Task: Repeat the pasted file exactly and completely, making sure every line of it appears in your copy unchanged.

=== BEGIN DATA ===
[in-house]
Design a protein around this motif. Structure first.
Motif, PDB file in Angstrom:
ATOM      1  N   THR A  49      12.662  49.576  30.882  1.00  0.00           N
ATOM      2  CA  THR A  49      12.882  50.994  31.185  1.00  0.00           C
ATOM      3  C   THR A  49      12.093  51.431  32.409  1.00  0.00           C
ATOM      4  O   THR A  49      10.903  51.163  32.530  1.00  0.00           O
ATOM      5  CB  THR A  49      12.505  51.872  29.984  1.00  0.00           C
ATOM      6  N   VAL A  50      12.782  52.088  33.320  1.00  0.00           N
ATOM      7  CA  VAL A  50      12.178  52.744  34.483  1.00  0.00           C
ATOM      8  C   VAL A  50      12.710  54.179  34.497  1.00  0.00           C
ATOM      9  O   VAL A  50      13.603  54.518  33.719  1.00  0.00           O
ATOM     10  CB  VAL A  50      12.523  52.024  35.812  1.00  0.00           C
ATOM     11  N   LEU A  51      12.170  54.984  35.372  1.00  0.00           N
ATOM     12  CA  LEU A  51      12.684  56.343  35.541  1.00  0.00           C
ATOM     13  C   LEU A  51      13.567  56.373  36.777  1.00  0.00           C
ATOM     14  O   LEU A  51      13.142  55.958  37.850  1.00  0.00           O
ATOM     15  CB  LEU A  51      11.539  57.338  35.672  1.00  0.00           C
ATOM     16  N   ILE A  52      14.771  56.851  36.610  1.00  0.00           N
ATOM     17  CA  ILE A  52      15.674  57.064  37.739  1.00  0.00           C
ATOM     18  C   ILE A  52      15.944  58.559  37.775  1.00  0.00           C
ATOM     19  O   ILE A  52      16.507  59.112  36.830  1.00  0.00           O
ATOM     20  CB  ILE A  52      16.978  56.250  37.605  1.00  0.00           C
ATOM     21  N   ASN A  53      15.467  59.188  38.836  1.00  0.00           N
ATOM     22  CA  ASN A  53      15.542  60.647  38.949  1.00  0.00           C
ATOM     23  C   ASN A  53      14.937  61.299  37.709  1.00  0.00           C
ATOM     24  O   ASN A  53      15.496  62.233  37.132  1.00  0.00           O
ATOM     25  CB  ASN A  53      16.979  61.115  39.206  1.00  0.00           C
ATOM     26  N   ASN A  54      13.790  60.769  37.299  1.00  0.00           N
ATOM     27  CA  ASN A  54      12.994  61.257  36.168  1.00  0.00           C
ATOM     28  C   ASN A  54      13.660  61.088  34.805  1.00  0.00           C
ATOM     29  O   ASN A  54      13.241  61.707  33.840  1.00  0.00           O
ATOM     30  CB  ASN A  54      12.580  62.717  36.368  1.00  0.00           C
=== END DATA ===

[in-house]
Design a protein around this motif. Structure first.
Motif, PDB file in Angstrom:
ATOM      1  N   THR A  49      12.662  49.576  30.882  1.00  0.00           N
ATOM      2  CA  THR A  49      12.882  50.994  31.185  1.00  0.00           C
ATOM      3  C   THR A  49      12.093  51.431  32.409  1.00  0.00           C
ATOM      4  O   THR A  49      10.903  51.163  32.530  1.00  0.00           O
ATOM      5  CB  THR A  49      12.505  51.872  29.984  1.00  0.00           C
ATOM      6  N   VAL A  50      12.782  52.088  33.320  1.00  0.00           N
ATOM      7  CA  VAL A  50      12.178  52.744  34.483  1.00  0.00           C
ATOM      8  C   VAL A  50      12.710  54.179  34.497  1.00  0.00           C
ATOM      9  O   VAL A  50      13.603  54.518  33.719  1.00  0.00           O
ATOM     10  CB  VAL A  50      12.523  52.024  35.812  1.00  0.00           C
ATOM     11  N   LEU A  51      12.170  54.984  35.372  1.00  0.00           N
ATOM     12  CA  LEU A  51      12.684  56.343  35.541  1.00  0.00           C
ATOM     13  C   LEU A  51      13.567  56.373  36.777  1.00  0.00           C
ATOM     14  O   LEU A  51      13.142  55.958  37.850  1.00  0.00           O
ATOM     15  CB  LEU A  51      11.539  57.338  35.672  1.00  0.00           C
ATOM     16  N   ILE A  52      14.771  56.851  36.610  1.00  0.00           N
ATOM     17  CA  ILE A  52      15.674  57.064  37.739  1.00  0.00           C
ATOM     18  C   ILE A  52      15.944  58.559  37.775  1.00  0.00           C
ATOM     19  O   ILE A  52      16.507  59.112  36.830  1.00  0.00           O
ATOM     20  CB  ILE A  52      16.978  56.250  37.605  1.00  0.00           C
ATOM     21  N   ASN A  53      15.467  59.188  38.836  1.00  0.00           N
ATOM     22  CA  ASN A  53      15.542  60.647  38.949  1.00  0.00           C
ATOM     23  C   ASN A  53      14.937  61.299  37.709  1.00  0.00           C
ATOM     24  O   ASN A  53      15.496  62.233  37.132  1.00  0.00           O
ATOM     25  CB  ASN A  53      16.979  61.115  39.206  1.00  0.00           C
ATOM     26  N   ASN A  54      13.790  60.769  37.299  1.00  0.00           N
ATOM     27  CA  ASN A  54      12.994  61.257  36.168  1.00  0.00           C
ATOM     28  C   ASN A  54      13.660  61.088  34.805  1.00  0.00           C
ATOM     29  O   ASN A  54      13.241  61.707  33.840  1.00  0.00           O
ATOM     30  CB  ASN A  54      12.580  62.717  36.368  1.00  0.00           C